Optimizing Instruction: The Workshop Model

Wednesday, July 29th 2020, 9:00:28 am

Tim Feimer wants his middle school students to know anyone can learn computer science. To that end, he uses the Workshop Model to ensure no student gets lost in the details or feels overwhelmed. By breaking lessons down into four familiar parts—Aim/Do Now, Mini-Lesson, Student Practice, and Sharing—he has created a classroom culture where each student is building an identity for themselves as a coder.  


In courses where students are expected to complete multiple long-term projects over the course of the school year, a clear structure will help them feel more confident and take more creative risks. Use the Workshop Model to structure every lesson so students know what to expect and how to behave every time they walk into your classroom.


  • Make sure the Aim helps students focus on what they will learn that day. Pick a Do Now activity that reinforces content they learned in the previous lesson and can be started and completed within five minutes of entering the classroom.
  • Teach a Mini-Lesson that gives students one or two major ideas or skills that can be understood and applied to their assignments immediately.
  • Reserve the majority of class time for Practice, letting students work on an assignment or making progress on a long-term project. During this time, be available for questions and individualized instruction.
  • Make sure you leave time at the end of class for sharing. Students should be able to say what they accomplished during class and note the questions or challenges they encountered. Create an environment where students can help each other solve problems or debug code, and make sure the class is ready to move on together to the next lesson.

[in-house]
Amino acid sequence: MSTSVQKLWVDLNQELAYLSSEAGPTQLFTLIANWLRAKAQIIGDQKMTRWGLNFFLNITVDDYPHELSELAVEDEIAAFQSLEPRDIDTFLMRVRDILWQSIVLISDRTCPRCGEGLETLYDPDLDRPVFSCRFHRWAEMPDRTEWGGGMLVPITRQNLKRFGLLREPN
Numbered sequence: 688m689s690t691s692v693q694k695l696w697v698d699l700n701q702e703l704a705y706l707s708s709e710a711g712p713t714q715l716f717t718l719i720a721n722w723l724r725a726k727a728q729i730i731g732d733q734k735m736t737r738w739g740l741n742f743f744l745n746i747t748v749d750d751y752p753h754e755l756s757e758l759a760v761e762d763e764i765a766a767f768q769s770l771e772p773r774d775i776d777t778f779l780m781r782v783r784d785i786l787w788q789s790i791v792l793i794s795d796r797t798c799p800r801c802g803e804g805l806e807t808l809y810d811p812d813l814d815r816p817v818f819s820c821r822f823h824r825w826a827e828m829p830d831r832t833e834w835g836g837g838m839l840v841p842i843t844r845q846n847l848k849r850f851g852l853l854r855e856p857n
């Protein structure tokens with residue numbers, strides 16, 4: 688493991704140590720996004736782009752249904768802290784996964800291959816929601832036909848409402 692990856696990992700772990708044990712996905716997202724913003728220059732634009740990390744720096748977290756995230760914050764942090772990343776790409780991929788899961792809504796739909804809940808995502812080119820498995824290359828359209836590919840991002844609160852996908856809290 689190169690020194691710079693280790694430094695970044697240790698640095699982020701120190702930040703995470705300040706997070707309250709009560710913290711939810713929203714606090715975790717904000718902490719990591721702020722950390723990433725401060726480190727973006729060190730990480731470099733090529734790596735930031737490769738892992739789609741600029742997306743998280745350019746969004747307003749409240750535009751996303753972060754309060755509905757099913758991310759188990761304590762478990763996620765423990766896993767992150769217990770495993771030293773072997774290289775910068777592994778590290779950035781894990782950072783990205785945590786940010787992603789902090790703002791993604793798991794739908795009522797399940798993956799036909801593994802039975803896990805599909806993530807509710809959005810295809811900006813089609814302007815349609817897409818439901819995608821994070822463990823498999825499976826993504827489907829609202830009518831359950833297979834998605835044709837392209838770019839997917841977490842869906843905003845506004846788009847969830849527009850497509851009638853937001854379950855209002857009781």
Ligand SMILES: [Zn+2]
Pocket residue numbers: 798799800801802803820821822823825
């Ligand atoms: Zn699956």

• Give students a Do Now as soon as they enter the classroom to help them focus on the concept you want them to explore that day.


  • Use the Do Now to reinforce an old skill, the Mini-Lesson to introduce a new skill, and the Student Practice for students to synthesize and apply both skills to a website or program.


  • Introduce past examples of student work during the Do Now, and teach underlying concepts during the Mini-Lesson. Then challenge students to build up past work during Student Practice.


  • Use the Do Now and Mini-Lesson to introduce a critical topic in computing. Afterwards, give students the chance to form and express opinions during Student Practice.


  • Aim / Do Now: What teachers (and learners) want to achieve in a lesson or a course.

Resource content by Tim Feimer, with the assistance of the CS4All team. Video by Rook Productions. Consultation by Tythe Design and Tiny Panther. Published by CS4All.